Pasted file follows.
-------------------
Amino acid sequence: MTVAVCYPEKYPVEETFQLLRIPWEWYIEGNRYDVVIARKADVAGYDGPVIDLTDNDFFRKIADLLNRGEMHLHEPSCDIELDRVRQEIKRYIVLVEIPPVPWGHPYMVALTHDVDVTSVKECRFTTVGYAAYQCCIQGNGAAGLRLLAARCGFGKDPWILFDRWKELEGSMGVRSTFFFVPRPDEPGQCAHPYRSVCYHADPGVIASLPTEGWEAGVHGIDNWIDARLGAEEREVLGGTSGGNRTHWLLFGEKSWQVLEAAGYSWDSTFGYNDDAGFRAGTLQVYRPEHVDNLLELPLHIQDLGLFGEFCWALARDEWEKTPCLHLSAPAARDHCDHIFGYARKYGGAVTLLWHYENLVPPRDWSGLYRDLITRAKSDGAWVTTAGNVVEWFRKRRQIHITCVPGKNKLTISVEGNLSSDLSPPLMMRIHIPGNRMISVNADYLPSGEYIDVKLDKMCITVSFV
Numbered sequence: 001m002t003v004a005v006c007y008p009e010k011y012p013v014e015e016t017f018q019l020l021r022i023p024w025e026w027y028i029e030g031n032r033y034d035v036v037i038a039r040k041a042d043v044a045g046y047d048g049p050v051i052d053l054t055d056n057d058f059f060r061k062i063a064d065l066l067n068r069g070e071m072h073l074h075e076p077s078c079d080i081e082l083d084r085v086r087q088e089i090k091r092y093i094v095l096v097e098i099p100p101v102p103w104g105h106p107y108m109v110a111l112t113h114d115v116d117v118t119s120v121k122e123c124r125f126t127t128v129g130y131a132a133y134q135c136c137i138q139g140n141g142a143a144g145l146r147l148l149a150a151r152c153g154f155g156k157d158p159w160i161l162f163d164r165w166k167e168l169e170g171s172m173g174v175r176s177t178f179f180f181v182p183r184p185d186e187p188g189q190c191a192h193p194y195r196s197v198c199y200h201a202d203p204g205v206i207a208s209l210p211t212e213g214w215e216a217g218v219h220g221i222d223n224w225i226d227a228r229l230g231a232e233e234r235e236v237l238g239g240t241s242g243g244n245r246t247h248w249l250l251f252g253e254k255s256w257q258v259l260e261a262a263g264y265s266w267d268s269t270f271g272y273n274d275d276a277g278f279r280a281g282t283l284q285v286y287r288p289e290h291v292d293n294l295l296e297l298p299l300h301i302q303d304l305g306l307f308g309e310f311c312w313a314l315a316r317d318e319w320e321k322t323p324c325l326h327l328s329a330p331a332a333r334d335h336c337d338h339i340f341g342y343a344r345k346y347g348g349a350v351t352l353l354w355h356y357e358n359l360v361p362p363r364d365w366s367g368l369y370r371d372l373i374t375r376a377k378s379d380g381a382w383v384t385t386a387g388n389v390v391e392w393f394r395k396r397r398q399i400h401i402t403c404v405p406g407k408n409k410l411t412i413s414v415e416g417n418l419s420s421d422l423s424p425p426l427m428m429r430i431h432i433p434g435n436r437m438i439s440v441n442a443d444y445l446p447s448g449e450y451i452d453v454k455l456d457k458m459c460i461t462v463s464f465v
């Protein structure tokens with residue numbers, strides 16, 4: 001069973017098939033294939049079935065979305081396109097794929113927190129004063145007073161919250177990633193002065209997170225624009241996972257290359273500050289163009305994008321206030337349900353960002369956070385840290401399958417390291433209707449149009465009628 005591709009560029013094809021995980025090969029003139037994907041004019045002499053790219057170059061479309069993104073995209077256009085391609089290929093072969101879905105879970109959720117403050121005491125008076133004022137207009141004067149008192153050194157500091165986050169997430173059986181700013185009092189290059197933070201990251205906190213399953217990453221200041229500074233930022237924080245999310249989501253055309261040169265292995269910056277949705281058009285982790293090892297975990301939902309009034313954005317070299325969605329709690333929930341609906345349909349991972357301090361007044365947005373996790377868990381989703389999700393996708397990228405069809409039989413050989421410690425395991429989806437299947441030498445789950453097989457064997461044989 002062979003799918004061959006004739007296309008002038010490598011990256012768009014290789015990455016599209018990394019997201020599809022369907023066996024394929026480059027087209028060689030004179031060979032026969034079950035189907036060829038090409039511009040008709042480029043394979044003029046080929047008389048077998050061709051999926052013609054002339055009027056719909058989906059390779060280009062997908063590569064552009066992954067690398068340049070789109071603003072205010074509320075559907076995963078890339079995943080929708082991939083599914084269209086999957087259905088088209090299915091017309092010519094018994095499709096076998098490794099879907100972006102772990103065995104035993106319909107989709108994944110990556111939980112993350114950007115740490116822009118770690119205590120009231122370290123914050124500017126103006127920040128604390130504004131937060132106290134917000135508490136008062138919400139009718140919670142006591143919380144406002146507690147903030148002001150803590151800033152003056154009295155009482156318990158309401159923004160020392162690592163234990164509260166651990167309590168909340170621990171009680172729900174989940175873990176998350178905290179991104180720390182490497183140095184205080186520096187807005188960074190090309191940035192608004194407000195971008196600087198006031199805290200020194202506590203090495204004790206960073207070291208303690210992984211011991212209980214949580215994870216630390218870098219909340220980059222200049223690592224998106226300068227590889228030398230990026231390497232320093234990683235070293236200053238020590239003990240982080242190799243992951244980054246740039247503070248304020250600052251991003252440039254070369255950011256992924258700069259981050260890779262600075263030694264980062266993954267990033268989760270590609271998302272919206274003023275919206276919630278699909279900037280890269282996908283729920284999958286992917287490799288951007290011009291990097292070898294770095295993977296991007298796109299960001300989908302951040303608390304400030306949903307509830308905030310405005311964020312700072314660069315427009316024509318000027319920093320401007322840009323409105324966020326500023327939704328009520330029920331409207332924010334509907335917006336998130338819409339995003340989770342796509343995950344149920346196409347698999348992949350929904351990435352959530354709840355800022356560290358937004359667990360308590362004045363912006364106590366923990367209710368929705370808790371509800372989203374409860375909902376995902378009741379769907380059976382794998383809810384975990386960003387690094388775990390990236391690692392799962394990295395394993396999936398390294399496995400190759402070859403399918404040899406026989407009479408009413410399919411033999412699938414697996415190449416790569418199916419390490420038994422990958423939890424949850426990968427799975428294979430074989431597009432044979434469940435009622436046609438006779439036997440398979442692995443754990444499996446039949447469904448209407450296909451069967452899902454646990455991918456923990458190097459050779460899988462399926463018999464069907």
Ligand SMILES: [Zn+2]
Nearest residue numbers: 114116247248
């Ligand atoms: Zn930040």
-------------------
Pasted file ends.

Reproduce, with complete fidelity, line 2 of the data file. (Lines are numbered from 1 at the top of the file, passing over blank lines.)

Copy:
Numbered sequence: 001m002t003v004a005v006c007y008p009e010k011y012p013v014e015e016t017f018q019l020l021r022i023p024w025e026w027y028i029e030g031n032r033y034d035v036v037i038a039r040k041a042d043v044a045g046y047d048g049p050v051i052d053l054t055d056n057d058f059f060r061k062i063a064d065l066l067n068r069g070e071m072h073l074h075e076p077s078c079d080i081e082l083d084r085v086r087q088e089i090k091r092y093i094v095l096v097e098i099p100p101v102p103w104g105h106p107y108m109v110a111l112t113h114d115v116d117v118t119s120v121k122e123c124r125f126t127t128v129g130y131a132a133y134q135c136c137i138q139g140n141g142a143a144g145l146r147l148l149a150a151r152c153g154f155g156k157d158p159w160i161l162f163d164r165w166k167e168l169e170g171s172m173g174v175r176s177t178f179f180f181v182p183r184p185d186e187p188g189q190c191a192h193p194y195r196s197v198c199y200h201a202d203p204g205v206i207a208s209l210p211t212e213g214w215e216a217g218v219h220g221i222d223n224w225i226d227a228r229l230g231a232e233e234r235e236v237l238g239g240t241s242g243g244n245r246t247h248w249l250l251f252g253e254k255s256w257q258v259l260e261a262a263g264y265s266w267d268s269t270f271g272y273n274d275d276a277g278f279r280a281g282t283l284q285v286y287r288p289e290h291v292d293n294l295l296e297l298p299l300h301i302q303d304l305g306l307f308g309e310f311c312w313a314l315a316r317d318e319w320e321k322t323p324c325l326h327l328s329a330p331a332a333r334d335h336c337d338h339i340f341g342y343a344r345k346y347g348g349a350v351t352l353l354w355h356y357e358n359l360v361p362p363r364d365w366s367g368l369y370r371d372l373i374t375r376a377k378s379d380g381a382w383v384t385t386a387g388n389v390v391e392w393f394r395k396r397r398q399i400h401i402t403c404v405p406g407k408n409k410l411t412i413s414v415e416g417n418l419s420s421d422l423s424p425p426l427m428m429r430i431h432i433p434g435n436r437m438i439s440v441n442a443d444y445l446p447s448g449e450y451i452d453v454k455l456d457k458m459c460i461t462v463s464f465v